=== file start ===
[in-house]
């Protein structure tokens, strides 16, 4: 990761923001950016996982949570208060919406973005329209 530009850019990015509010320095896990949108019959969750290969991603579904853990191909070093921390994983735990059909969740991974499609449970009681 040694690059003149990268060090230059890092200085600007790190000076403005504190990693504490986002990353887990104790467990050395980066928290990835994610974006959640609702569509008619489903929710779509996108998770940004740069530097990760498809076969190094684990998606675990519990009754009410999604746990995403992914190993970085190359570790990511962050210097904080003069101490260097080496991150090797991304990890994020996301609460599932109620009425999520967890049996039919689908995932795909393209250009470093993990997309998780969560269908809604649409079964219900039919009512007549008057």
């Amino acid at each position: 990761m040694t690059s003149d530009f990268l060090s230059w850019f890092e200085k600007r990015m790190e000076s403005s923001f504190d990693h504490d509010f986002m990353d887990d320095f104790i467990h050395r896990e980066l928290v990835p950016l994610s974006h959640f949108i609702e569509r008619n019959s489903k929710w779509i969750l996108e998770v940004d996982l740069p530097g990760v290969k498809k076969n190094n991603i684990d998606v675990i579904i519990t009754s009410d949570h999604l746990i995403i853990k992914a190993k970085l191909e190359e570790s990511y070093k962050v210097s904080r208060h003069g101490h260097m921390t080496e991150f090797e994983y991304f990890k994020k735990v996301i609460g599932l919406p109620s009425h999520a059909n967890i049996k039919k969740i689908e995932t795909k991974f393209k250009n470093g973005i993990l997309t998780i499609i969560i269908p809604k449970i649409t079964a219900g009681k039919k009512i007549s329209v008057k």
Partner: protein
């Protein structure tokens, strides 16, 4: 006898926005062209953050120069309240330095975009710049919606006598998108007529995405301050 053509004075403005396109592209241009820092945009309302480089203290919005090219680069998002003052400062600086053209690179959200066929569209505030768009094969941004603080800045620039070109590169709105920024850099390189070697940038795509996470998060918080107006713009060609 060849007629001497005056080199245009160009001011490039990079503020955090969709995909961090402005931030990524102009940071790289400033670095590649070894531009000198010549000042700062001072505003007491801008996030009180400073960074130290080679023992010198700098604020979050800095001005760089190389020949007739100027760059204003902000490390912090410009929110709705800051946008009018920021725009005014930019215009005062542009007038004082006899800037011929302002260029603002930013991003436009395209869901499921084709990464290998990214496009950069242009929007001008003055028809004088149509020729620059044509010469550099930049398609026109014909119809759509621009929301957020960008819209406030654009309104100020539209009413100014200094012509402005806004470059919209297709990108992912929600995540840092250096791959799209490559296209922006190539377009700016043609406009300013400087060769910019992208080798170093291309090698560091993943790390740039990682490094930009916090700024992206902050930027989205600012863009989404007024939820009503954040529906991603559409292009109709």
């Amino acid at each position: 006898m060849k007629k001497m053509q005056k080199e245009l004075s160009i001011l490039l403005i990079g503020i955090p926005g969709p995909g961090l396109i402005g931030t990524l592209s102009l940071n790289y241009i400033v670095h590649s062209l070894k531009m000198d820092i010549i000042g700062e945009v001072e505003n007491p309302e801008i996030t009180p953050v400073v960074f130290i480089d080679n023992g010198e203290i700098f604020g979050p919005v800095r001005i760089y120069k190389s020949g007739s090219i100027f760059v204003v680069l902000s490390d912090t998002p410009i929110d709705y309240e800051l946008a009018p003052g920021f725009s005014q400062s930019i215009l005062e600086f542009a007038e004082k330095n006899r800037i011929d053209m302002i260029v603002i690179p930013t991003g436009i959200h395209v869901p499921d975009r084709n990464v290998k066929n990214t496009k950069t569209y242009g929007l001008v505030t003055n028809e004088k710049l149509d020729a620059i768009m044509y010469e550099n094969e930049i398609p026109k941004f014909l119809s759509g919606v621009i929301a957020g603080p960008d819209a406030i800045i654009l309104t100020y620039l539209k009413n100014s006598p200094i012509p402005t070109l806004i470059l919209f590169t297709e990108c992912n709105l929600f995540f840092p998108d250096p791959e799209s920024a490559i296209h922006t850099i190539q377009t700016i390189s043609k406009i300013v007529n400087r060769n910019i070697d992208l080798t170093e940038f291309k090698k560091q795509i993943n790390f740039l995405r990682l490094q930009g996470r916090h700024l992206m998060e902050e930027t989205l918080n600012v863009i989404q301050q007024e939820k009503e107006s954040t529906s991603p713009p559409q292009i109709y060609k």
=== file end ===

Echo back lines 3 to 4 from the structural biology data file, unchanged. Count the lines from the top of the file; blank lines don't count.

């Amino acid at each position: 990761m040694t690059s003149d530009f990268l060090s230059w850019f890092e200085k600007r990015m790190e000076s403005s923001f504190d990693h504490d509010f986002m990353d887990d320095f104790i467990h050395r896990e980066l928290v990835p950016l994610s974006h959640f949108i609702e569509r008619n019959s489903k929710w779509i969750l996108e998770v940004d996982l740069p530097g990760v290969k498809k076969n190094n991603i684990d998606v675990i579904i519990t009754s009410d949570h999604l746990i995403i853990k992914a190993k970085l191909e190359e570790s990511y070093k962050v210097s904080r208060h003069g101490h260097m921390t080496e991150f090797e994983y991304f990890k994020k735990v996301i609460g599932l919406p109620s009425h999520a059909n967890i049996k039919k969740i689908e995932t795909k991974f393209k250009n470093g973005i993990l997309t998780i499609i969560i269908p809604k449970i649409t079964a219900g009681k039919k009512i007549s329209v008057k």
Partner: protein